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Murph, the Seasoned RookieSeasoned Rookie with Murph, The Seasoned Rookie.

I thought I knew what I was doing.

 I was wrong.

So begins a song entitled “Waterfall”, the story of someone doing something that seemed like a good idea at the time. So began my afternoon.

For those of you reading in the Midwest, you may recall the last weekend in February being unusually warm. After taking care of some things around the house, I went to visit a friend on her farm since I felt like fooling around with the tractors or annoying the horses.

CLick through for a closer look...After some obligatory wheeling in the back 40, friend Brandy and I decided to tidy up her yard a bit and move a forgotten hulk of a pickup truck to a less visible area. Wont start? No problem. I have my tow straps right here.

Now is as good of a time as any to use our key phrase of the month:

Just because you own one does not mean you know how to use it.

This is something I should have had in mind as I hooked the straps to the front of the truck. Brandy was in the pickup truck steering, and I drove my Zook.

It would have been even better if this thought passed through my mind as I made a fateful left turn down a hill.

Once we came to a stop and counted our limbs, we had a conversation that should have taken place about five minutes prior. Questions were asked. Statements made.

Have you ever done this before?

Oh. I thought at least the front brakes worked.

Hmm. You should have put it in first and let up the clutch.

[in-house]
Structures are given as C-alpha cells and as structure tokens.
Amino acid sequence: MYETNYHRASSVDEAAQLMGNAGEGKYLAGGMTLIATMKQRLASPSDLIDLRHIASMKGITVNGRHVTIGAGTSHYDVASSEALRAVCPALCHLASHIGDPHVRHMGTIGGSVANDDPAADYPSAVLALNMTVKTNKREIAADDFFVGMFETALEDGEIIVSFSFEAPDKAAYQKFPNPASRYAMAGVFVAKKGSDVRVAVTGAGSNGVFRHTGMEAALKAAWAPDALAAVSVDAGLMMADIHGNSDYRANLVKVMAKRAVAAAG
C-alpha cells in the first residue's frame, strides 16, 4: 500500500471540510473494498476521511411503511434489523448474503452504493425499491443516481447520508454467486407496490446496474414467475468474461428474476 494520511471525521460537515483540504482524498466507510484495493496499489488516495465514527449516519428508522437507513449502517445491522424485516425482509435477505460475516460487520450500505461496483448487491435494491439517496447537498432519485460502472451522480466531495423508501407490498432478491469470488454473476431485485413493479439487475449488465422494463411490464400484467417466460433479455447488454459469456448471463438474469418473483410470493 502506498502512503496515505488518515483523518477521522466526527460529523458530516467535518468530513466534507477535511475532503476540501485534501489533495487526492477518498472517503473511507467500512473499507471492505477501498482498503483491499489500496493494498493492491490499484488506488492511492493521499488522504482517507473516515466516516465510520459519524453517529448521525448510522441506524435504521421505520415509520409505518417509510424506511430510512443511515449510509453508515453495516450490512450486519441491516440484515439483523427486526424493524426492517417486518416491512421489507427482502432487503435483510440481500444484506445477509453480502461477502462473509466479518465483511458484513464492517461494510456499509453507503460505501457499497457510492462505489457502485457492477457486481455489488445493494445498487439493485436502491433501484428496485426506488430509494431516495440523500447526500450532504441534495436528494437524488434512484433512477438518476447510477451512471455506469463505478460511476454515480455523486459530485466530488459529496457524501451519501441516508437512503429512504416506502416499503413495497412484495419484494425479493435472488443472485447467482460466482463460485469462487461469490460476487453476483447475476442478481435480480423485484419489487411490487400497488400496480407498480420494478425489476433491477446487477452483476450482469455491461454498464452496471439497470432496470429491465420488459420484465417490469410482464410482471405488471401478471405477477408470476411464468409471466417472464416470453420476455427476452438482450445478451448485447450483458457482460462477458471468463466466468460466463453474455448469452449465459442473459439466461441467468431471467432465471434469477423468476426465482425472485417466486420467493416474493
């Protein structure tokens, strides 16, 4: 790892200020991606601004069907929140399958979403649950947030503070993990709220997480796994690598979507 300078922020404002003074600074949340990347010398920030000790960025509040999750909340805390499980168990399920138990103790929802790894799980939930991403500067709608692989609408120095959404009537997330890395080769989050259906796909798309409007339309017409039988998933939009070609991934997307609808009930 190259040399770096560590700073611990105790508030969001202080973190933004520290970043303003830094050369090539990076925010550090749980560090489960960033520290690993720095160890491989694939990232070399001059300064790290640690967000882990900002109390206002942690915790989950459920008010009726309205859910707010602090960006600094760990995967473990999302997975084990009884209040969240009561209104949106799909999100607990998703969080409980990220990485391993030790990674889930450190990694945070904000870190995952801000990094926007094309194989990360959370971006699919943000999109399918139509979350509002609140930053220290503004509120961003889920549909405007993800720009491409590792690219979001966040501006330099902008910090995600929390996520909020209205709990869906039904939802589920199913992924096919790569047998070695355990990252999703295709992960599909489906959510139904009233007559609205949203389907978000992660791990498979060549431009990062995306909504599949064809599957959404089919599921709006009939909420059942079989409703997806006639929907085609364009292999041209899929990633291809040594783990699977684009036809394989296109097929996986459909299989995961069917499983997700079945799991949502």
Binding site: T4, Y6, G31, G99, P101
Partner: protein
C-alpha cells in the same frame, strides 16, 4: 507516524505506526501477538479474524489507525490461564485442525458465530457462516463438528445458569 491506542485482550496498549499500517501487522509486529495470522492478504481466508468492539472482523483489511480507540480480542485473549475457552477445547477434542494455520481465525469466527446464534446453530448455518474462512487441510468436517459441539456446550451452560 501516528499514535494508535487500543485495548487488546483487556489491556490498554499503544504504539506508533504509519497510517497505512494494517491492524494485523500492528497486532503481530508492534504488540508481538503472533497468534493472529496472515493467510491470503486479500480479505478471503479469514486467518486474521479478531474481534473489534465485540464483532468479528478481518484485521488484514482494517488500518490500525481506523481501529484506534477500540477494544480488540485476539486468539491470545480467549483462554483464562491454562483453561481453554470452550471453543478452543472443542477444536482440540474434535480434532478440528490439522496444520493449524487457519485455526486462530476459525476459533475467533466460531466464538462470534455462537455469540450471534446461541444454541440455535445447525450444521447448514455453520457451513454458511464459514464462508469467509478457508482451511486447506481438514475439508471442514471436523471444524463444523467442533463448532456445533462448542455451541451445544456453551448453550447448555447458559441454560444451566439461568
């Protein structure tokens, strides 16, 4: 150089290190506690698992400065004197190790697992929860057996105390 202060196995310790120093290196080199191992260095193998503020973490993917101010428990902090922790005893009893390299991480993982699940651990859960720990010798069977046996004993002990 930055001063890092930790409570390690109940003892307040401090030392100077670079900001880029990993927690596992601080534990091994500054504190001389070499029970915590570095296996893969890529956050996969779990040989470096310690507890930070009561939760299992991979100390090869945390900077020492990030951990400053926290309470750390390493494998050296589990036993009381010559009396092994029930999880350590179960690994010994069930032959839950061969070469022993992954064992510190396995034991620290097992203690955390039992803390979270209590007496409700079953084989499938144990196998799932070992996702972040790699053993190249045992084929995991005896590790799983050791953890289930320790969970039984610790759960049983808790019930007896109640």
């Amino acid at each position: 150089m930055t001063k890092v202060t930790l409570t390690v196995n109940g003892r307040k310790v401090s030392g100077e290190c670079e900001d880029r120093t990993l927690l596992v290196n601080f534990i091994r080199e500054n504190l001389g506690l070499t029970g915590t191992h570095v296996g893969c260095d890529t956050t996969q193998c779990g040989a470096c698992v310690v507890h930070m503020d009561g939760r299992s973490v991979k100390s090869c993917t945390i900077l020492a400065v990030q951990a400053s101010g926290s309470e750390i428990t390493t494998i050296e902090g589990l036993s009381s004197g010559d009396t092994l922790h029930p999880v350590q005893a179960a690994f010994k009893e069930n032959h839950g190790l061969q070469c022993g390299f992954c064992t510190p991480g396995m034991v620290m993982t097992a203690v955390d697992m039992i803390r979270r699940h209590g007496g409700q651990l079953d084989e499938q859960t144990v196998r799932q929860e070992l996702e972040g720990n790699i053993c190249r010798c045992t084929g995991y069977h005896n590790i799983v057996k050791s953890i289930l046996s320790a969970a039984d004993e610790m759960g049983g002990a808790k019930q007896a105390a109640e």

As I puttered down the hill letting the engine hold me back, Brandy in the pickup didnt have the same control. No brakes, no engine, and no training. Instinctively she steered around my Zook to avoid rear ending me, and passed me on the drivers side. At about the same time the tow strap started wrapping around the front axle of the pickup truck, the Zook jerked sideways as I skidded down the hill sideways.

There are several reasons why I did not topple over in my doorless Zook sliding drivers-side first down a hill uncontrollably. They all involve superstition, religion, and other things I cannot explain.

I repeat.

Just because you own one does not mean you know how to use it.

A simple conversation could have prevented a near disaster. Imagine if something had gone wrong, but we had taken the same risks in the middle of nowhere while wheeling?

NEVER assume that anyone knows what they are doing.. All too often people feel the need to show off and put themselves and others in great danger. In a past article I wrote about being a Sophomore. A wise fool. Someone who has done it once and is a self-proclaimed expert.

There is no shame in not knowing how to do something. Thats part of being a rookie. Youre a rookie because youre trying something new. A seasoned rookie is one that comes back to do it again and learn from their experiences.

Every month Ive been introducing you to what I like to simply call the featured rookie of the month. This month, with the help of my friend Justin D(ont forget to give me credit for writing the interview for the article) Fender, I introduce to you Jesse Lee.

(Murph gives Brandy equal time to explain HER side…)

"Does this LOOK Like the face of a murderer? Read on..."The Day I almost killed MurphyBy Brandy Owen

It was a beautifully sunny, lazy Sunday afternoon in February. Murph trotted out to the countryside in his Jeeplet for what he thought would be an entertaining afternoon playing on the farm – little did he know what fate had in store for him!

It all began when we decided to work on breaking the rear wheels free on the old VW truck. Mom and Dad have this old Volkswagen truck and the wheels in back wouldn’t turn because the brakes were frozen. With a great deal of pounding, this task was indeed accomplished. Murph smiled and said “life is good.”

Click through for a closer look...“Even at the age of one, Brandy realized that she truly belonged in a rugged 4×4. Here she is napping in the back of her parent’s new Toyota FJ-40.”

The next half hour or so was spent trying to get the funny little truck to run. With a few angry rumbles, the truck sputtered to life, if only for a few brief seconds. Puzzled and annoyed, Murph abandoned this goal and decided that it’s time for the truck to move, though not by it’s own will. I think it was happy right where it was.